Gender and neurogenin3 influence the pathogenesis of ketosis-prone diabetes

J. F. Louet, S. B. Smith, J. F. Gautier, M. Molokhia, M. L. Virally, J. P. Kevorkian, P. J. Guillausseau, P. Vexiau, G. Charpentier, M. S. German, C. Vaisse, M. Urbanek, Franc Mauvais-Jarvis*

*Corresponding author for this work

Research output: Contribution to journalArticlepeer-review

19 Scopus citations

Abstract

Ketosis-prone diabetes (KPD) is a phenotypically defined form of diabetes characterized by male predominance and severe insulin deficiency. Neurogenin3 (NGN3) is a proendocrine gene, which is essential for the fate of pancreatic β cells. Mice lacking ngn3 develop early insulin-deficient diabetes. Thus, we hypothesized that gender and variants in NGN3 could predispose to KPD. We have studied clinical and metabolic parameters according to gender in patients with KPD (n = 152) and common type 2 diabetes (T2DM) (n = 167). We have sequenced NGN3 in KPD patients and screened gene variants in T2DM and controls (n = 232). In KPD, male gender was associated with a more pronounced decrease in β-cell insulin secretory reserve, assessed by fasting C-peptide [mean (ng/ml) ± s.d., M: 1.1 ± 0.6, F: 1.5 ± 0.9; p = 0.02] and glucagon-stimulated C-peptide [mean (ng/ml) ± s.d., M: 2.2 ± 1.1, F: 3.1 ± 1.7; p = 0.03]. The rare affected females were in an anovulatory state. We found two new variants in the promoter [-3812T/C (af: 2%) and -3642T/C (af: 1%)], two new coding variants [S171T (af: 1%) and A185S (af: 1%)] and the variant already described [S199F (af: 69%)]. These variants were not associated with diabetes. Clinical investigation revealed an association between 199F and hyperglycaemia assessed by glycated haemoglobin [HbA1c (%, ± s.d.) S199: 12.6 ± 1.6, S199F: 12.4 ± 1.4 and 199F: 14.1 ± 2.2; p = 0.01]. In vitro, the P171T, A185S and S199F variants did not reveal major functional alteration in the activation of NGN3 target genes. In conclusion, male gender, anovulatory state in females and NGN3 variations may influence the pathogenesis of KPD in West Africans. This has therapeutic implications for potential tailored pharmacological intervention in this population.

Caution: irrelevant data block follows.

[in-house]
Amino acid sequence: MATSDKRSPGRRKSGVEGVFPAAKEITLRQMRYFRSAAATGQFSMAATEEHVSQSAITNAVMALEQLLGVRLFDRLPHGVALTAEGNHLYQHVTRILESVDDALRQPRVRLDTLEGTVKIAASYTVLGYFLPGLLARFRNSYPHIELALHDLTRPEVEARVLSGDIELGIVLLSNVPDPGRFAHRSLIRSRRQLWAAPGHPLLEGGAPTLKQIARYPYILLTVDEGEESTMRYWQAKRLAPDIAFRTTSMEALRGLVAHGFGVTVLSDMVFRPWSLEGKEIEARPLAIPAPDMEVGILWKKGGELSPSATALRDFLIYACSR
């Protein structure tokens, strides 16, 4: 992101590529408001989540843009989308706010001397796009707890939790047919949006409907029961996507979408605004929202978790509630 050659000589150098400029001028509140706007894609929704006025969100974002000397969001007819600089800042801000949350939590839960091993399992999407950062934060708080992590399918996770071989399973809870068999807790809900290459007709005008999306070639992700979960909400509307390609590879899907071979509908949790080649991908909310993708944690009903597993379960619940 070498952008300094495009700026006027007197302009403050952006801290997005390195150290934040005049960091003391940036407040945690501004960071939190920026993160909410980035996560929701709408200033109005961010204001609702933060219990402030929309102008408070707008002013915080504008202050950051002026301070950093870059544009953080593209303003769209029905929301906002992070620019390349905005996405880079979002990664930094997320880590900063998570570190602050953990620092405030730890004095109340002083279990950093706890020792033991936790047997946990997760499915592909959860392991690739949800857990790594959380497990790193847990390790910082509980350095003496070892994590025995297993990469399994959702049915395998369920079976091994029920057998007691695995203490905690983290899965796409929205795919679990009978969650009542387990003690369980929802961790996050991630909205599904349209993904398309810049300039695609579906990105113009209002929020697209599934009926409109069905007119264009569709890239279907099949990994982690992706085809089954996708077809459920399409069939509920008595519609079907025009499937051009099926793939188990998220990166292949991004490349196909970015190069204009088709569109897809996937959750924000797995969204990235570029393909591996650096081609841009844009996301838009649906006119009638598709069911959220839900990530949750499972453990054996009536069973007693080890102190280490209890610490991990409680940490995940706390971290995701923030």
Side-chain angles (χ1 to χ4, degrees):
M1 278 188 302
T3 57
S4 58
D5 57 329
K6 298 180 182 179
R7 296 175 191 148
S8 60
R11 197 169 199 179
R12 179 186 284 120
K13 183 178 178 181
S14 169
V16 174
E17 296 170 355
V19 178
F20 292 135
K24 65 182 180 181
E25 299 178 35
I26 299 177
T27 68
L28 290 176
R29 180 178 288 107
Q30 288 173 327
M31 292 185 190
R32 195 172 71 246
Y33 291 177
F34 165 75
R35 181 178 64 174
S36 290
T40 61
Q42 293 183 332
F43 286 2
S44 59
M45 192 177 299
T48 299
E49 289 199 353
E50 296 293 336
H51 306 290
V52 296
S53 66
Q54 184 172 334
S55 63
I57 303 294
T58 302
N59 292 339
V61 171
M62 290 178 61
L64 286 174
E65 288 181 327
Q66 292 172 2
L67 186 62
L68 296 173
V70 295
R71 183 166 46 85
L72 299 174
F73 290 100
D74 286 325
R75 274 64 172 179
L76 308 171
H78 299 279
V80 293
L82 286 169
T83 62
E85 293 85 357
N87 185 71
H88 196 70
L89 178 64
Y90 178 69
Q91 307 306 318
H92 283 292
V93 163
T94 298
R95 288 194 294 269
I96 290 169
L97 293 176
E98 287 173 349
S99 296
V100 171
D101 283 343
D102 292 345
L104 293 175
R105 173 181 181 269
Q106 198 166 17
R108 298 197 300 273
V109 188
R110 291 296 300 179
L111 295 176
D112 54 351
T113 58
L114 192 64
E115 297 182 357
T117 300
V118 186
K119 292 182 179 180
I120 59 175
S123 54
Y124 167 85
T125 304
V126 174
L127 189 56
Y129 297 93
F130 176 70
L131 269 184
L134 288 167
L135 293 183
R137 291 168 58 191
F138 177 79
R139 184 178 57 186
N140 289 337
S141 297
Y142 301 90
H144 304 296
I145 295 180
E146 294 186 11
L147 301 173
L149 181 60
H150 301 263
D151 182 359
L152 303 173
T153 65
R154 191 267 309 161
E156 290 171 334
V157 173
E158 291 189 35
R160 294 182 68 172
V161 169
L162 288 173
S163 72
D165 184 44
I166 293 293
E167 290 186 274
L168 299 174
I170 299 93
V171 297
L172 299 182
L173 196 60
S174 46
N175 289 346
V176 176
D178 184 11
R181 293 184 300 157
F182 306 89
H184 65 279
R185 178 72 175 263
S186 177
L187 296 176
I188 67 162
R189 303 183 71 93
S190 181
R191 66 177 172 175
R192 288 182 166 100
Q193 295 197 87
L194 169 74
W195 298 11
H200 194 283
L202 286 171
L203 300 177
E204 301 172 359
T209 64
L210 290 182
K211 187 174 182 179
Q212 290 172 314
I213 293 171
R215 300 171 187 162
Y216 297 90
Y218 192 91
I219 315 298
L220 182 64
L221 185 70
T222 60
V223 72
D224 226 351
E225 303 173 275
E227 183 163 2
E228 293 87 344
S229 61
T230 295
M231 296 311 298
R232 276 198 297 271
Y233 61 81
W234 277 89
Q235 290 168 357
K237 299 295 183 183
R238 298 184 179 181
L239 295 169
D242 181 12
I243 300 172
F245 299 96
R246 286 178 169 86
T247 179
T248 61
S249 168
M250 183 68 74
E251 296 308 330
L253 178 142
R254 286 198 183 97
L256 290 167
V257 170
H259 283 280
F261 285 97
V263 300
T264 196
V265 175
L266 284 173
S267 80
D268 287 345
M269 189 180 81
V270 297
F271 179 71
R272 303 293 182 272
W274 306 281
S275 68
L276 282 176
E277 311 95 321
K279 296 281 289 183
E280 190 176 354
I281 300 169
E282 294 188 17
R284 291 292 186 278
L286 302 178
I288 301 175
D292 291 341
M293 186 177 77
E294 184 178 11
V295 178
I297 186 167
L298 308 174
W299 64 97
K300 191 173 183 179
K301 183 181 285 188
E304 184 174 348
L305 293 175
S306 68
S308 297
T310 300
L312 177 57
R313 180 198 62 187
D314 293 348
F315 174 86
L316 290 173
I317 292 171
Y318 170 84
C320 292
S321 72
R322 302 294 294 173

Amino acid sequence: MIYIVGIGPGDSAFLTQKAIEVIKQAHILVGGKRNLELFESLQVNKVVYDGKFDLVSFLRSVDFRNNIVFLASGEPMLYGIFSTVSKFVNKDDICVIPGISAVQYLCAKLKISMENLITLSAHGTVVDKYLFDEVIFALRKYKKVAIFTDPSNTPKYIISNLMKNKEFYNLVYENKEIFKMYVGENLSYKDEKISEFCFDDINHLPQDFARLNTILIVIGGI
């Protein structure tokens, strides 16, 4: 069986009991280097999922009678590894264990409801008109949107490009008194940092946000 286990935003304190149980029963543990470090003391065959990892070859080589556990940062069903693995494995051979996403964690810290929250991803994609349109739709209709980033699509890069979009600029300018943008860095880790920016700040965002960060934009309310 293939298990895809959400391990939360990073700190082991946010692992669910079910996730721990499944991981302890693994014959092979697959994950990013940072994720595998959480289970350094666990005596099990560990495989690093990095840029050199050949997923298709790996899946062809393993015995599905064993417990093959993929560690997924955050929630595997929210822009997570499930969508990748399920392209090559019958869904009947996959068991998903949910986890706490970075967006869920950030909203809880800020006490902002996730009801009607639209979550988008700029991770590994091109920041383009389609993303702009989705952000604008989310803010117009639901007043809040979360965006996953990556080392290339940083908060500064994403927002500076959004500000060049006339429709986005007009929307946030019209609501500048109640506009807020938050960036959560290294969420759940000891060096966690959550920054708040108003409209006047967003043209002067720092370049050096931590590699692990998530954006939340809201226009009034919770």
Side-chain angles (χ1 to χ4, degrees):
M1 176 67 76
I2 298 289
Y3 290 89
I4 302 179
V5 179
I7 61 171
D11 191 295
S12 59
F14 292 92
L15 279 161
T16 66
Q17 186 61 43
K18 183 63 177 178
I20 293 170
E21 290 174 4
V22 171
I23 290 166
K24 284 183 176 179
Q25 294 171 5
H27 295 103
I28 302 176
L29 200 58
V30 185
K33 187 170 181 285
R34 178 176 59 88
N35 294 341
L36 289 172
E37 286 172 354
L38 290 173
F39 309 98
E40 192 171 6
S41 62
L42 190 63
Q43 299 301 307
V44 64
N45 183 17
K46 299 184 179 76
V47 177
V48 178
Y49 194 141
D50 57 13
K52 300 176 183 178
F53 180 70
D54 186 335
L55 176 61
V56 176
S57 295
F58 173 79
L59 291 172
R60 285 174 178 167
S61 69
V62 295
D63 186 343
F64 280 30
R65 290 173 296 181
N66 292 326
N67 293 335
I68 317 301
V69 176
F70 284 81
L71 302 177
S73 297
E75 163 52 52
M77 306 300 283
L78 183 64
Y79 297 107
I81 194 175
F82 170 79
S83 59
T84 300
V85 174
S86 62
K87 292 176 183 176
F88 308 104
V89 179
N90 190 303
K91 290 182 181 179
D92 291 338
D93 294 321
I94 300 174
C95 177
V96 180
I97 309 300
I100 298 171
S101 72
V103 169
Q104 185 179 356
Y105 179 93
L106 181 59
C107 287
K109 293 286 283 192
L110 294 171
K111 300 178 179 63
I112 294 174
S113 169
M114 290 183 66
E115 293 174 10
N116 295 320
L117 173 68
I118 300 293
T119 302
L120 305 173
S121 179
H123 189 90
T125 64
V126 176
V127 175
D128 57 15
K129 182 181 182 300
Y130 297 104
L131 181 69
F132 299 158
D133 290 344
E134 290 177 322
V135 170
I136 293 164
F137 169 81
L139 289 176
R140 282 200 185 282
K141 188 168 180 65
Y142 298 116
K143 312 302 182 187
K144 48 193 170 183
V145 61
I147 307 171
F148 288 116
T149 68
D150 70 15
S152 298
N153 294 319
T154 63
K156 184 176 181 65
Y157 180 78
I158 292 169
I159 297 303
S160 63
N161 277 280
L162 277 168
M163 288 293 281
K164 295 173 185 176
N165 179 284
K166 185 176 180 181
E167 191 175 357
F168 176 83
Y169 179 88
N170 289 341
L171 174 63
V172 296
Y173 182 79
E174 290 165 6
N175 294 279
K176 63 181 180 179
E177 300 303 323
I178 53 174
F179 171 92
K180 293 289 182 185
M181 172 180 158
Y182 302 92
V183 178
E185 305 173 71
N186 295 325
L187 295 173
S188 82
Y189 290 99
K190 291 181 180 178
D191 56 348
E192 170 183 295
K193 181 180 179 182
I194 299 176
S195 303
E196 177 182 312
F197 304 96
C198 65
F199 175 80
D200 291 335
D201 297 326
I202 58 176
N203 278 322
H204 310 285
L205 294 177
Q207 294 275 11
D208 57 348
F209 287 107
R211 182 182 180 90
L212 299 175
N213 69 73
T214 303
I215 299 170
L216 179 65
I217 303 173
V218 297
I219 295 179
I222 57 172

Original languageEnglish (US)
Pages (from-to)912-920
Number of pages9
JournalDiabetes, Obesity and Metabolism
Volume10
Issue number10
DOIs
StatePublished - 2008

Keywords

  • Africans
  • Gender
  • Ketosis-prone diabetes
  • Neurogenin3

ASJC Scopus subject areas

  • Internal Medicine
  • Endocrinology, Diabetes and Metabolism
  • Endocrinology

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